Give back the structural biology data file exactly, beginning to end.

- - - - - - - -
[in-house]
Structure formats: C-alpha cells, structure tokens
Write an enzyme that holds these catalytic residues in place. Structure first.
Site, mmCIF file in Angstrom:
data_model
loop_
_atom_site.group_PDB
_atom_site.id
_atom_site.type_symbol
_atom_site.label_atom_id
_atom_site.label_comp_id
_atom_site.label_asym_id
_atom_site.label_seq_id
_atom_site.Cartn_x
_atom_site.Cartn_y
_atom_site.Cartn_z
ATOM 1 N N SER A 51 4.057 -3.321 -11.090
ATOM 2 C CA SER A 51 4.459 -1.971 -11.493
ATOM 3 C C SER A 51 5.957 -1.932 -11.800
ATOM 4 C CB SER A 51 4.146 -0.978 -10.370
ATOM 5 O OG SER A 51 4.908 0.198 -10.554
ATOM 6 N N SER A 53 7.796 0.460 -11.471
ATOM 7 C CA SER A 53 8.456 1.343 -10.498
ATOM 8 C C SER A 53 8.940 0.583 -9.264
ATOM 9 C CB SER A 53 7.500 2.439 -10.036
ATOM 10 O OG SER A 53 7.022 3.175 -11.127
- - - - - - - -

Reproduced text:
[in-house]
Structure formats: C-alpha cells, structure tokens
Write an enzyme that holds these catalytic residues in place. Structure first.
Site, mmCIF file in Angstrom:
data_model
loop_
_atom_site.group_PDB
_atom_site.id
_atom_site.type_symbol
_atom_site.label_atom_id
_atom_site.label_comp_id
_atom_site.label_asym_id
_atom_site.label_seq_id
_atom_site.Cartn_x
_atom_site.Cartn_y
_atom_site.Cartn_z
ATOM 1 N N SER A 51 4.057 -3.321 -11.090
ATOM 2 C CA SER A 51 4.459 -1.971 -11.493
ATOM 3 C C SER A 51 5.957 -1.932 -11.800
ATOM 4 C CB SER A 51 4.146 -0.978 -10.370
ATOM 5 O OG SER A 51 4.908 0.198 -10.554
ATOM 6 N N SER A 53 7.796 0.460 -11.471
ATOM 7 C CA SER A 53 8.456 1.343 -10.498
ATOM 8 C C SER A 53 8.940 0.583 -9.264
ATOM 9 C CB SER A 53 7.500 2.439 -10.036
ATOM 10 O OG SER A 53 7.022 3.175 -11.127